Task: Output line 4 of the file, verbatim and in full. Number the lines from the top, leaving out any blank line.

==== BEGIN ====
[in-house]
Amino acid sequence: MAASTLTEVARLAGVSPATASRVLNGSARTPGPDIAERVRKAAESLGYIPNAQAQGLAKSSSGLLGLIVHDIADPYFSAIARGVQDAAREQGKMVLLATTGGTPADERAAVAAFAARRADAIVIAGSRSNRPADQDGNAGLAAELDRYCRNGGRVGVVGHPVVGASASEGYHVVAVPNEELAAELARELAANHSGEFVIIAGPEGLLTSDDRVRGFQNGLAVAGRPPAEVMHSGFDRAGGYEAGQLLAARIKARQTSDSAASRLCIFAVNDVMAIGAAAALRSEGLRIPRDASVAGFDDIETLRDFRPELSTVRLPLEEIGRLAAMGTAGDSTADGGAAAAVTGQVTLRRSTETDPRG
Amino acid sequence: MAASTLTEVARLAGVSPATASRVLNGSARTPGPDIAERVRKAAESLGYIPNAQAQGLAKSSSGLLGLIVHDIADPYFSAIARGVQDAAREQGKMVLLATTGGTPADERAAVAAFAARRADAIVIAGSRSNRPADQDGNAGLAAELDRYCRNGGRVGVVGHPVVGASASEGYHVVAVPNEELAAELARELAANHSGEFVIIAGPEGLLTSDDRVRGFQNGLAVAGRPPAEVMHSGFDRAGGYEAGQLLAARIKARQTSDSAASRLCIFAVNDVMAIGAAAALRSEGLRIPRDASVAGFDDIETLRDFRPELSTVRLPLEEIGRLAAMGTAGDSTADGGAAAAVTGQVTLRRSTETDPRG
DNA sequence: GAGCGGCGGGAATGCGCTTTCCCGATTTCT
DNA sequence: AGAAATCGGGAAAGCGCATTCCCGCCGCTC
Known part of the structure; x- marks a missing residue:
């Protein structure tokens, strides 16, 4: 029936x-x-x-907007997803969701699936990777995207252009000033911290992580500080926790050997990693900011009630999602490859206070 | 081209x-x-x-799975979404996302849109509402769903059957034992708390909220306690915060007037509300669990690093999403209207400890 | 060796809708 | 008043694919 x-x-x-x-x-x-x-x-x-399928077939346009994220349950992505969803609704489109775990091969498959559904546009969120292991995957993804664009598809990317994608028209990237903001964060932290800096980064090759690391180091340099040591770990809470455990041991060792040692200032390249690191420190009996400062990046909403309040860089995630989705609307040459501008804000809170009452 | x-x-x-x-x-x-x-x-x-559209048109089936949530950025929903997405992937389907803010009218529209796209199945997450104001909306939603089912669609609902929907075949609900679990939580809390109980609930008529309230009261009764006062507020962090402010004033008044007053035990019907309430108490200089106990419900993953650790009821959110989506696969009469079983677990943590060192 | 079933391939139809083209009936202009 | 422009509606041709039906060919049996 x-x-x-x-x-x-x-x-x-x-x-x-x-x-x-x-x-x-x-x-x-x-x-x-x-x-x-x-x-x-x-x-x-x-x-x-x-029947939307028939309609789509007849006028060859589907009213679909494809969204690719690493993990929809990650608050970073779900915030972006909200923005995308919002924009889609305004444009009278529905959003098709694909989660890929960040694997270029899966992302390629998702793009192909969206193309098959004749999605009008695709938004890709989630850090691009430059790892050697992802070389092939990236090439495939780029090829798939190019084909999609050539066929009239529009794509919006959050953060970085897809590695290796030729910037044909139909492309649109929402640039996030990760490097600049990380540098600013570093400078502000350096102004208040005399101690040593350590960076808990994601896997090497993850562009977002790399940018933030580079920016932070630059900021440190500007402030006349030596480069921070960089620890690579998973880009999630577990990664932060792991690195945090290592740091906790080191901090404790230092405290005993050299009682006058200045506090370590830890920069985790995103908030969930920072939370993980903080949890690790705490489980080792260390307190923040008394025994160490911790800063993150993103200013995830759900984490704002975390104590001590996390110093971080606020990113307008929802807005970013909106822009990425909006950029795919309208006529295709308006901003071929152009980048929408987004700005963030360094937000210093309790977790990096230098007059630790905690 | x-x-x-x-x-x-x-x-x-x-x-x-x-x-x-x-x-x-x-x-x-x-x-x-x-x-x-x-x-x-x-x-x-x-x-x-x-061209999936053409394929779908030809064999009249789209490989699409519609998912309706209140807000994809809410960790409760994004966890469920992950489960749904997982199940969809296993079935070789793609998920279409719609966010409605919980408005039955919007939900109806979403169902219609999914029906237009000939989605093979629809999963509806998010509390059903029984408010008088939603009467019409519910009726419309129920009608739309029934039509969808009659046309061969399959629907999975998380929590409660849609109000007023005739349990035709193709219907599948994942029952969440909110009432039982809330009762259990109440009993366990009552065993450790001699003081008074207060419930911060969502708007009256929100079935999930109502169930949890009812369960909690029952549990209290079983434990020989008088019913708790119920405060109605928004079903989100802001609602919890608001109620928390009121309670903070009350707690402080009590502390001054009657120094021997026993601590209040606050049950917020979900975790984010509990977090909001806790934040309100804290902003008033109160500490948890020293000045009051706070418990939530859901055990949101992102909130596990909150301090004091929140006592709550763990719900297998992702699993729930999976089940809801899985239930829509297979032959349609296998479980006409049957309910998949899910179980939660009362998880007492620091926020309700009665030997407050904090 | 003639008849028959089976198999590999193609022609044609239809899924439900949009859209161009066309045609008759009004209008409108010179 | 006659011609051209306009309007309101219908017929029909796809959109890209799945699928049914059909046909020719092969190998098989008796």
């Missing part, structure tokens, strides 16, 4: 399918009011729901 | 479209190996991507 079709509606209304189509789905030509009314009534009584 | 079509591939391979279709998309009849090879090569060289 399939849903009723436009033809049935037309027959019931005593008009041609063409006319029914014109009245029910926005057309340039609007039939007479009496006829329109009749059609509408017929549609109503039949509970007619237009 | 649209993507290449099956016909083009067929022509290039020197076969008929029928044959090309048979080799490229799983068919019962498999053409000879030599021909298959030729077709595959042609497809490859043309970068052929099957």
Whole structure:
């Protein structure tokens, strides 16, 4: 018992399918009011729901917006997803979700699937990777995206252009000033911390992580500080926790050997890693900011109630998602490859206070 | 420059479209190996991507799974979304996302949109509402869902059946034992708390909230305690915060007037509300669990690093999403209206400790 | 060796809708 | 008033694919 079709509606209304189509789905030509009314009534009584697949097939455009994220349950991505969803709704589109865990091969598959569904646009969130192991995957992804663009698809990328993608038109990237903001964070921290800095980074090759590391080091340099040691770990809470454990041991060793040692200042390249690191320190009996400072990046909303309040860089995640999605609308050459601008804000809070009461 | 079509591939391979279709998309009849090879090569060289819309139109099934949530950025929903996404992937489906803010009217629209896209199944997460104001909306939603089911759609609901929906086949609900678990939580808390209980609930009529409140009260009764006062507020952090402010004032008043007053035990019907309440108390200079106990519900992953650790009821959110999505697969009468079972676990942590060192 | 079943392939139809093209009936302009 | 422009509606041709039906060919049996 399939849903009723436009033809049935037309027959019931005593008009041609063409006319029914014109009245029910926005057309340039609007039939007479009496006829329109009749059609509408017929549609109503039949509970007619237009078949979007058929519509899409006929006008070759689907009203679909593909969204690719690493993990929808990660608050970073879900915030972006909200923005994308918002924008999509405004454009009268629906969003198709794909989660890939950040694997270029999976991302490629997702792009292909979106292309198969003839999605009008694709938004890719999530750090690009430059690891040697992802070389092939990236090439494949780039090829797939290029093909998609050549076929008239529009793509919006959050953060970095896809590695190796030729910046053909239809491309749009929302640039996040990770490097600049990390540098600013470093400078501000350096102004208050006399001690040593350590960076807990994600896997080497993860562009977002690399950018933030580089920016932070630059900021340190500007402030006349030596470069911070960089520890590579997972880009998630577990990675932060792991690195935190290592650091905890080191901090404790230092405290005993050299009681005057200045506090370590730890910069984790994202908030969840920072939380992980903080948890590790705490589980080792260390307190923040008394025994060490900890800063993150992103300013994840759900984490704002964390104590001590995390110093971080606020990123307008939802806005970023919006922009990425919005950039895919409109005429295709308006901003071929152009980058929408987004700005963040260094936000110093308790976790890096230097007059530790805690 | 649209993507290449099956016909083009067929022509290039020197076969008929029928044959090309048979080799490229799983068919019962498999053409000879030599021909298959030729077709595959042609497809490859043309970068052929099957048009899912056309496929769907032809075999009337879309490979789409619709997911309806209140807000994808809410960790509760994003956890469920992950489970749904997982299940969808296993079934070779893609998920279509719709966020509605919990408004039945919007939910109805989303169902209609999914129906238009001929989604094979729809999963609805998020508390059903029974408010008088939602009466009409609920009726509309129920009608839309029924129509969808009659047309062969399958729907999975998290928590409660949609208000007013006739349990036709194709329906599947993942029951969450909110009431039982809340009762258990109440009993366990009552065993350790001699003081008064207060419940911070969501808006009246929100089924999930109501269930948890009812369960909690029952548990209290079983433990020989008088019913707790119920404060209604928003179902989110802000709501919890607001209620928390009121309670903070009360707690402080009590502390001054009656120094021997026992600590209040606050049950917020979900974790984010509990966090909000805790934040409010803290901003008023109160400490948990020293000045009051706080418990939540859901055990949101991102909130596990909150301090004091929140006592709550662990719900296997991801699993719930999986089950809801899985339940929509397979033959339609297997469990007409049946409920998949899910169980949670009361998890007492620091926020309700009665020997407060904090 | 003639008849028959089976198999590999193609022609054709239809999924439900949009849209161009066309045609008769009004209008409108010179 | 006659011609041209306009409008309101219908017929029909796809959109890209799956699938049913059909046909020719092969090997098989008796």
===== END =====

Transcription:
DNA sequence: GAGCGGCGGGAATGCGCTTTCCCGATTTCT